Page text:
We’ve seen so many tales told from the perspective of those caught up in the devastation of the Second World War, but rarely do we then catch up with them later on in life, when you would presume that their fight has now been fought. These are the characters that make up Matti Geschonneck’s In Times of Fading Light, though the central, hardline communist is evidently never without another battle to engage in, for this tale is set in the very final days of East Germany, despite how ardently he believes the wall will never fall.

Set merely days before David Hasselhoff was dancing on the concrete to celebrate the tearing down of the wall that separated the residents of Berlin – it’s the 90th birthday of communist Wilhelm Powileit (Bruno Ganz) who still fervently believes in his idealistic, socialist values, albeit a fantasy that the generations below him are having doubts about, such as his grandson (Alexander Fehling), who is fleeing to the capitalist West.

Surrounding the patriarch on this most special of days are his beleaguered wife (Hildegard Schmahl), his stepson Kurt (Sylvester Groth) and the latter’s Russian wife, and latecomer to the celebration, Irina (Evgenia Dodina). With tensions high as the socio-political climate seems to be changing, these traditionalists are struggling to come to terms with the shifting of the tide – as also at the party are several of Wilhelm’s greatest friends and supporters, and the palpable adjustment in spirits makes for a rather comedically inclined endeavour.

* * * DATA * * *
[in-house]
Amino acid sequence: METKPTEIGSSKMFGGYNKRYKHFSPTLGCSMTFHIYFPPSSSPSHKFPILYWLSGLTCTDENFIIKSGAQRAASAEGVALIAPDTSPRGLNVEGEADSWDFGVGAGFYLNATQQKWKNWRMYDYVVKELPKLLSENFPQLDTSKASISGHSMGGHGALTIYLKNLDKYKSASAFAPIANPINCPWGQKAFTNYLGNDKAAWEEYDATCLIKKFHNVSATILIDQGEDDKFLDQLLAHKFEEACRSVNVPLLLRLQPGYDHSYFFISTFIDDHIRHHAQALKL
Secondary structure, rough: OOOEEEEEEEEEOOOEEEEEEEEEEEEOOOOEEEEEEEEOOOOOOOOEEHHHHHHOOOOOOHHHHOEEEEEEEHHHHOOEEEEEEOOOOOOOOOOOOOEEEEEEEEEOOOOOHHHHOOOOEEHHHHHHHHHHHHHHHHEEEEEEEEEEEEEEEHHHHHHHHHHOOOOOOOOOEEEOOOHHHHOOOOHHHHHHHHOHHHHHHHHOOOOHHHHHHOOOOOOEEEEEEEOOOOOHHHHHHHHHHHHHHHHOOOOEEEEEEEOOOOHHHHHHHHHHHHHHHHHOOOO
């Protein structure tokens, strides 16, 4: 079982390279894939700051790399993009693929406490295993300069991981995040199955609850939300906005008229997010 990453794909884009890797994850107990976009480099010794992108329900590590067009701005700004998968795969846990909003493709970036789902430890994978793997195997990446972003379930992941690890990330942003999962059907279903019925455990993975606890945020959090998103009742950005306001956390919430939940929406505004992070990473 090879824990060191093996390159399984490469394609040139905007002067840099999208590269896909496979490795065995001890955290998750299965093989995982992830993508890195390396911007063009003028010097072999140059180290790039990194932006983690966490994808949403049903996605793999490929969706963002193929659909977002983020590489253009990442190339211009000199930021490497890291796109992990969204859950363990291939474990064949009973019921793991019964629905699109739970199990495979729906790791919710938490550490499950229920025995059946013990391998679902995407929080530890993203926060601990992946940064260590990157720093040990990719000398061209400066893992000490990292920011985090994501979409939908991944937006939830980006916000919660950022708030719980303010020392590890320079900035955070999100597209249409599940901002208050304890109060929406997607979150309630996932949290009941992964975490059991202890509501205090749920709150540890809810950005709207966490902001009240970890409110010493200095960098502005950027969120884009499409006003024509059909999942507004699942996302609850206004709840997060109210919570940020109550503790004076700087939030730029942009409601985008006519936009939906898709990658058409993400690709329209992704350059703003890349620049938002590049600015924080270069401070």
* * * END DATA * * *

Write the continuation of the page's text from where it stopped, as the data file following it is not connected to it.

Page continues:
Set across this one day, culminating in the party sequence in the final act, this approach paints a real portrait of this entire family, and so many significant cultural and historical themes, told through this one evening. Through conversation we learn everything we need to know, and it’s a simplistic approach which works well in this instance, with a modest setting and relatively small collective to invest in. Geschonneck does a fine job in balancing pathos with comedy, seamlessly drifting between the two, even veering into the realm of the farce at times, like a pointed, satirical version of Abigail’s Party.

But that’s not to say that the comedy translates so well, as there are several instances where, while you can certainly acknowledge a joke has been told, it’s not always one that lands – though the laughter that can be heard from the German critics at the Berlinale suggests that perhaps they’re lost in translation somewhat. Still, we can appreciate the light touches that break up the poignancy to the narrative and challenging family affairs otherwise rooted in politics.

Ganz impresses, as ever, in the leading role, with an unwavering sense of pride to his demeanour – though what with this, and his performance in Sally Potter’s The Party, which is also showing at this year’s Berlin film festival, perhaps he should stop going to dinner parties, because he seems to be a somewhat ominous presence, with everything, yet again, all turning rather sour by the close of play.